5. Write thank you notes. Do you ever think about that teacher who helped you see the world differently? Do you appreciate how your parents are always there to lend a hand? Does the continued support of your best friend put a smile on your face? What if, out of the blue, you wrote them a thank you note? I'll be honest, I haven't tried this one yet, but I plan on trying my best to write one once a week. (If you'd like to join me, follow on instagram and look for the hashtag #52thankyous, coming soon!)
6. Avoid your triggers. Scale back your social media participation, put those catalogues straight in the recycling bin, go for a hike instead of a trip to the mall. Try to recognize what sparks the wants for you and your family and do your best to avoid them.
I hope these tips help you feel a little fuller and happier this holiday season and beyond. I am so very grateful for my readers. Thank you for visiting my little home on the web.
P.S. - I created the above image as a free printable. Simply save it to your computer, print, and enjoy. (As always all free printable are for personal use only, thank you!)
For those who know me personally, I am generally not at a loss for words. And yet lately I feel as though I've lost my voice a bit. The past few months have been full of big change, most of it exciting, much of it challenging. I want to write about it all here and yet I feel as though in some ways I've forgotten how. If rambling posts by creative mothers trying to find their way aren't your bag, please rest assured I've got an excellent Apple Crisp Recipe post coming soon!
I recently scaled back my contributor work to make way for a return to this little space that I love so very much. I thought between Jude going to school and less guest posting I'd be all set to craft and cook and blog up a storm. Oh the lies we tell ourselves. I am so very guilty of saying "I'll have time for that when ___" The universe loves to laugh at those kinds of plans. Jude is adoring kindergarten, but it turns out having one in school and one at home is more work, not less. Between getting him there and back, volunteering, soccer, and special events I'm struggling to find this extra time I thought I'd have. Plus, I've needed to redouble my efforts at my "real" job. Oh, and I have a toddler now, with his own agenda, wants, and needs. All this to say: I love it here, and I'm coming back, but I'm still working out the kinks.
One kink I've been struggling with is my niche, or lack thereof. I can't tell you how many times I've told myself that I should just choose one creative endeavor and get really good at it instead of dabbling in all manner of making. But you know what? I love to dabble. Deep down, I don't mind being a Jill of all trades, master of none. At it's core creativity is supposed to be fun. For me that means bread one day and embroidery the next. This isn't good for "business" or "busy-ness" but it is good for my soul so I am trying to make peace with it.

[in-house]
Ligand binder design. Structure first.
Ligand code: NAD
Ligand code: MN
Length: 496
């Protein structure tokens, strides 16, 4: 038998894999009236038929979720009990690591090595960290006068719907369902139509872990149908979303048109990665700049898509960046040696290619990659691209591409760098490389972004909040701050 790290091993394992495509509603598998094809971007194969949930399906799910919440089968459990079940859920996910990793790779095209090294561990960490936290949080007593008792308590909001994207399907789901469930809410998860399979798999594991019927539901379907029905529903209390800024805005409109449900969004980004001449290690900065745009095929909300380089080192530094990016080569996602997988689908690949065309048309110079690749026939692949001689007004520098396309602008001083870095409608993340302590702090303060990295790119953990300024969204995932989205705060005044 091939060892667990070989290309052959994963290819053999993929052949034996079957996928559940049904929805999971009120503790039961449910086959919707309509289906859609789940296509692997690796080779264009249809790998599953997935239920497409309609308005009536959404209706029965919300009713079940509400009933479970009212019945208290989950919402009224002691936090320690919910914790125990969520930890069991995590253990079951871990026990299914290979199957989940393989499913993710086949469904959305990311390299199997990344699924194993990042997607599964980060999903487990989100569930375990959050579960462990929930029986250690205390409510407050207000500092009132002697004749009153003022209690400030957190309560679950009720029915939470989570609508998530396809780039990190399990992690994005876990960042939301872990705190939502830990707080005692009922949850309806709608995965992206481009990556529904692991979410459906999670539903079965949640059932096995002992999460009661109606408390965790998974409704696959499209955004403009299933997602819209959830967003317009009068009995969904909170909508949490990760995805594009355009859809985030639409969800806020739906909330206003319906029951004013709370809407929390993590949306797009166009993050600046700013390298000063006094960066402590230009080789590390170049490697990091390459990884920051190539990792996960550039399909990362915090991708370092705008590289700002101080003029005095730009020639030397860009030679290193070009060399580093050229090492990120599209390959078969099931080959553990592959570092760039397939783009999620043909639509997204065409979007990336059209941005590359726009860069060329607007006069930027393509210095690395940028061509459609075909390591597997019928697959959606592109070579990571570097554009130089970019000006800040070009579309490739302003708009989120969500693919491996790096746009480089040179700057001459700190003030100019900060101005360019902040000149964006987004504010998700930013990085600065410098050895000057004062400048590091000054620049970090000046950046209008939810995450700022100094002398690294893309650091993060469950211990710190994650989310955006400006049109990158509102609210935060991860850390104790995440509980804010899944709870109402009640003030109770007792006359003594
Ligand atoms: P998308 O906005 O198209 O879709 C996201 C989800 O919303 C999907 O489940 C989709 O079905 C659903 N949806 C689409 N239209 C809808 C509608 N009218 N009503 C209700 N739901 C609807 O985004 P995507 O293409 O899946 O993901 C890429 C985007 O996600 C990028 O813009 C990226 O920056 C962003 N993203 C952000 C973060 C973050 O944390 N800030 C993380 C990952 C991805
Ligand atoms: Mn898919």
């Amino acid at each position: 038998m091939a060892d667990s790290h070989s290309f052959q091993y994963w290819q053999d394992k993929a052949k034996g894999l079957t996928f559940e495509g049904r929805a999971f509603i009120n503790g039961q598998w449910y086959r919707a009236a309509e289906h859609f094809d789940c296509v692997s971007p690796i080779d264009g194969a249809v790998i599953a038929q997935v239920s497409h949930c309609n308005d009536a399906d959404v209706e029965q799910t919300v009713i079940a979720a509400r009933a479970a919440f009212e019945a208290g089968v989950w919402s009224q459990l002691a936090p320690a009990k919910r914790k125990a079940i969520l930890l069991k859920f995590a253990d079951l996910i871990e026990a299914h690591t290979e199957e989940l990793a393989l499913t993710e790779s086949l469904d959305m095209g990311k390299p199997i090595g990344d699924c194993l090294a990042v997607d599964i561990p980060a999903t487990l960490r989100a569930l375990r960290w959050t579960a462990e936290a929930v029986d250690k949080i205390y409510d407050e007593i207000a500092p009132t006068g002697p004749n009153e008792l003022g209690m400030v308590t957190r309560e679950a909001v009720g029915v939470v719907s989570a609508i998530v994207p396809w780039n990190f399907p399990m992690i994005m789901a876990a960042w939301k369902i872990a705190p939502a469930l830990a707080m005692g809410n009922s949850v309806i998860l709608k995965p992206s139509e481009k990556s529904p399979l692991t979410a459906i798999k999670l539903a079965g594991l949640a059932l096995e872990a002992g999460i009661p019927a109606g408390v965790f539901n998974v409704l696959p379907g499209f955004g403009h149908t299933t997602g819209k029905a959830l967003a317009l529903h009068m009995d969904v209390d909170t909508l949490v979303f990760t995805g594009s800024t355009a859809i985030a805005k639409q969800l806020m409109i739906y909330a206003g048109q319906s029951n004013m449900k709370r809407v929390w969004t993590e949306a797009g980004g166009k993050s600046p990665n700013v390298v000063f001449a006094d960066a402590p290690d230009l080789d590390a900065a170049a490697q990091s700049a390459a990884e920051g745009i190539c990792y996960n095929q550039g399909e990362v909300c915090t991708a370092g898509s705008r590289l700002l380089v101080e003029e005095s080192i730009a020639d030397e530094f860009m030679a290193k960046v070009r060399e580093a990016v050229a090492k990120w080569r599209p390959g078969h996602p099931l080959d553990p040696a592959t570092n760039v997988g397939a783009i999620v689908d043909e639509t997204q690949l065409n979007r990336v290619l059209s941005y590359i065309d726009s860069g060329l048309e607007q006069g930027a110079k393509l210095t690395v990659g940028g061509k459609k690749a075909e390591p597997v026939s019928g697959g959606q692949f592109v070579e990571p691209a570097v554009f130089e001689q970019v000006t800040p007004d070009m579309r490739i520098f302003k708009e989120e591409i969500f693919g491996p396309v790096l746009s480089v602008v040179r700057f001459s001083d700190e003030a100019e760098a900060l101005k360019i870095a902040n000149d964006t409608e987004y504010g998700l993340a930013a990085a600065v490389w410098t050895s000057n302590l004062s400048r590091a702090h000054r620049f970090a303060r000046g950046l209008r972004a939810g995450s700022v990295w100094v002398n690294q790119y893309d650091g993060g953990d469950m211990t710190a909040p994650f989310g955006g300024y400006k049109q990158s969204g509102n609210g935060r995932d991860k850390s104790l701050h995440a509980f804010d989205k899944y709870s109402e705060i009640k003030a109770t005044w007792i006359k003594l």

For now, Small + Friendly will continue to be a mash up of making. And I will continue to share as much as I can. Because here's the thing, the only thing I love more than making is inspiring others to do the same. Have you ever wondered where my blog name came from? I got it from a line in a song by The Deadly Syndrome (a now defunct but great little indy band, I went to college with the drummer) that says "Now you know my tricks, I over simplify a bit, and I break things down until they're small and friendly." I love breaking things down until they're small and friendly. And so this fall I plan to bring you more of what I love, please just bare with me while I find the time to share. And if you are so inclined I'd love to know what you like seeing most. Sewing tutorials? Recipes? Motherhood musings? I know blogs aren't very conversational these days but I also know that my readers are out there and I couldn't appreciate you more, so please feel free to speak up. You can also find my on Facebook and Instagram if you prefer to chat there.
Lastly, I wanted to share links to my mom.me posts for this month. This is the only contributor gig I stuck with and that is because I adore it. It turns out, I'm a writer! My best friend recently texted me about a podcast I would like, mentioning that the guest was a writer like me. I laughed aloud, I'm not a writer I thought. I'm not sure why I never felt worthy of that title, but nevertheless I've decided to embrace it. Without further adieu, here is what I wrote this month:
Addicted to googling? I was, until I quit cold turkey.
I fear I am guilty in perpetuating this myth.
I'm still fuming over this.
What surprised me most about having a second child.
Thanks for reading friends. I owe you an apple crisp.
Thoughts on the men I hope my sons become have been weighing heavy on my mind as of late. I recently wrote an article for mom.me that was more challenging than I expected it to be. Jason and I stayed up late trying to narrow down a list of life lessons we hope to tech our boys. My hope is to raise modern gentlemen: those that can swing a hammer, get down on the dance floor, scrub a toilet, and say they're sorry. And then Jason found me this quote, and it pretty much sums it up.